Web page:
Across three CDs Carl was asked to compile a selection of music relating to one of three different topics; ‘Aspiration’, ‘Inspiration’ and ‘Meditation’. Asked how long it took him to put the comp together, Carl was typically frank and open, “Well, that’s a loaded ass project. Anything that’s called Masterpiece… you’re putting yourself on a dartboard so people can go ‘Masterpiece?! This ain’t no masterpiece!’. It’s also a headf***, because you’re thinking, ‘How am I going to put something together that is actually a masterpiece?’”
With licensing laws holding a tight grip over so many music publishers, Carl’s choices as to which tracks he used – on ‘Inspiration’ in particular – were limited, in fact more than half of his original choices didn’t make the final cut. However, it must be said that the final result was, unsurprisingly, of a high standard and most impressive of all was his Meditation CD. Comprised a collection of six meditative, ambient compositions, it is the most significant body of work he has put together in a little while. Moody, immersive and full of subtle nuances, Carl’s six meditation ‘movements’ really demonstrate his prowess with electronic music, delicate, expertly produced and fascinating – they really take you away to another dimension.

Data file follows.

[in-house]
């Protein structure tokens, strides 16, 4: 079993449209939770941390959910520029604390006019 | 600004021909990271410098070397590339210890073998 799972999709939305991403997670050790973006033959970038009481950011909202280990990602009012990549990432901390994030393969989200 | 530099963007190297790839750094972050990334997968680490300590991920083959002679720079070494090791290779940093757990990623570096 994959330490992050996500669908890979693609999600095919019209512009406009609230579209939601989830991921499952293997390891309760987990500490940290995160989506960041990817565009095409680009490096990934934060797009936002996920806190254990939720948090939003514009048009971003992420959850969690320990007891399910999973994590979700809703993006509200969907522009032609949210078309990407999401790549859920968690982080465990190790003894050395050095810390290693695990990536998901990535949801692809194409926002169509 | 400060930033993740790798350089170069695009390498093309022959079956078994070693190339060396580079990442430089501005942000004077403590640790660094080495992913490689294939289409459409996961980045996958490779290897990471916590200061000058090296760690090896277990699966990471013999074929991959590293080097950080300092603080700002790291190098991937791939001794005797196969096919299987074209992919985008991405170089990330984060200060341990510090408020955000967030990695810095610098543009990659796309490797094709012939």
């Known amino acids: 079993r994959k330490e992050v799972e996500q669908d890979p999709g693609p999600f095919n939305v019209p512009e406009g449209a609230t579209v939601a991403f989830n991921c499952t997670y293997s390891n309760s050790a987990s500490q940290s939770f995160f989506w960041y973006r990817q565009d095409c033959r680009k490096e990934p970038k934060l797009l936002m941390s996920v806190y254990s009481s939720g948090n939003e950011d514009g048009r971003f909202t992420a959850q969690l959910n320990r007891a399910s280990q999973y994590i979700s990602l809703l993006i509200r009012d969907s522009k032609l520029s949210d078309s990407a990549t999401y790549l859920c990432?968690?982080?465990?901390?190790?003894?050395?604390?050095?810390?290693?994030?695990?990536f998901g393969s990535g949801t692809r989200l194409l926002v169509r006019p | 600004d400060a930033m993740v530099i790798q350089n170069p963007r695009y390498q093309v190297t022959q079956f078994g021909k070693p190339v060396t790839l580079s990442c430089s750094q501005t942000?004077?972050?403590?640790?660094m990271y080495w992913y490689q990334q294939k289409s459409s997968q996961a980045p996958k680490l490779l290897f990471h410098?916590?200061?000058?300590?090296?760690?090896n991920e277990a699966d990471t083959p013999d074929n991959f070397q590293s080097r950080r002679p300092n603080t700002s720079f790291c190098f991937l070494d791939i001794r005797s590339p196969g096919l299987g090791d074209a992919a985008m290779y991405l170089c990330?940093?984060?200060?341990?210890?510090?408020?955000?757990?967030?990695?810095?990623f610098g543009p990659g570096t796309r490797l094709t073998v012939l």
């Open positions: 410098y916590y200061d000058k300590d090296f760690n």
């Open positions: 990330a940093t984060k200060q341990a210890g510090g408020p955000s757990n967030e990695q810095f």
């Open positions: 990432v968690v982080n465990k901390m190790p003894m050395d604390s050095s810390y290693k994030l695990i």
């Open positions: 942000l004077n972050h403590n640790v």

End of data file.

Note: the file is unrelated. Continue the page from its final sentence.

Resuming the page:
Other notable topics included the decreasing quality and integrity of radio, and the way in which the dynamics surrounding the media have changed. As many of us will acknowledge, we now live in a time where broadcasters are less daring and are more focused on the commercial aspects of the music business, rather than giving room to independent music publishers and shining a light on lesser known music.
Hearing this from the perspective of someone who discovered much of the music that inspired them to become a musician whose influence has been so widespread was fascinating. Radio was once a vehicle for experimentation and it still is, but nowadays we find this is less and less apparent on the stations that dominate the airwaves.